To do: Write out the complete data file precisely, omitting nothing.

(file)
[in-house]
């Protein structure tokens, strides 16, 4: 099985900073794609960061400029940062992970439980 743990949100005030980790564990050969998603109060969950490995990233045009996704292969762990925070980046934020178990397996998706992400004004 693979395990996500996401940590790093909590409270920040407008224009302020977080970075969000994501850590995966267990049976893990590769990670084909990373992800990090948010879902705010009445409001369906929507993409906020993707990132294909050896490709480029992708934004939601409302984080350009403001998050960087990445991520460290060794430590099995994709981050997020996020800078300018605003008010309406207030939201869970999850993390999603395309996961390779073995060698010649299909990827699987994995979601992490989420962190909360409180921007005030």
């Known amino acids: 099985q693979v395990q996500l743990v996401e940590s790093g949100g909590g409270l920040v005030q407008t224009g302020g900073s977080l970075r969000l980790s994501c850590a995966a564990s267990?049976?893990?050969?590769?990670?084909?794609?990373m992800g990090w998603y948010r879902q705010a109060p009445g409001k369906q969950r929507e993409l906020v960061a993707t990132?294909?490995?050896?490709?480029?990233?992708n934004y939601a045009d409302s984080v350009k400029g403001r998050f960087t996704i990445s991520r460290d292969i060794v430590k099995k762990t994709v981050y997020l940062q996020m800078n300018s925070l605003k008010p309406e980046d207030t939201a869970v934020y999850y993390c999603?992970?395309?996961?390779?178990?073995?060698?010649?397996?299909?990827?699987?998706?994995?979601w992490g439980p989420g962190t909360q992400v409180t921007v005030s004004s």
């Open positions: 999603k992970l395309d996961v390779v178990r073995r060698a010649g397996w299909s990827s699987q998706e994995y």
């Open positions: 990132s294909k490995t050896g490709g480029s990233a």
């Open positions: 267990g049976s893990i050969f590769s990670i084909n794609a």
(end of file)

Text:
[in-house]
């Protein structure tokens, strides 16, 4: 099985900073794609960061400029940062992970439980 743990949100005030980790564990050969998603109060969950490995990233045009996704292969762990925070980046934020178990397996998706992400004004 693979395990996500996401940590790093909590409270920040407008224009302020977080970075969000994501850590995966267990049976893990590769990670084909990373992800990090948010879902705010009445409001369906929507993409906020993707990132294909050896490709480029992708934004939601409302984080350009403001998050960087990445991520460290060794430590099995994709981050997020996020800078300018605003008010309406207030939201869970999850993390999603395309996961390779073995060698010649299909990827699987994995979601992490989420962190909360409180921007005030």
């Known amino acids: 099985q693979v395990q996500l743990v996401e940590s790093g949100g909590g409270l920040v005030q407008t224009g302020g900073s977080l970075r969000l980790s994501c850590a995966a564990s267990?049976?893990?050969?590769?990670?084909?794609?990373m992800g990090w998603y948010r879902q705010a109060p009445g409001k369906q969950r929507e993409l906020v960061a993707t990132?294909?490995?050896?490709?480029?990233?992708n934004y939601a045009d409302s984080v350009k400029g403001r998050f960087t996704i990445s991520r460290d292969i060794v430590k099995k762990t994709v981050y997020l940062q996020m800078n300018s925070l605003k008010p309406e980046d207030t939201a869970v934020y999850y993390c999603?992970?395309?996961?390779?178990?073995?060698?010649?397996?299909?990827?699987?998706?994995?979601w992490g439980p989420g962190t909360q992400v409180t921007v005030s004004s």
């Open positions: 999603k992970l395309d996961v390779v178990r073995r060698a010649g397996w299909s990827s699987q998706e994995y």
């Open positions: 990132s294909k490995t050896g490709g480029s990233a």
């Open positions: 267990g049976s893990i050969f590769s990670i084909n794609a």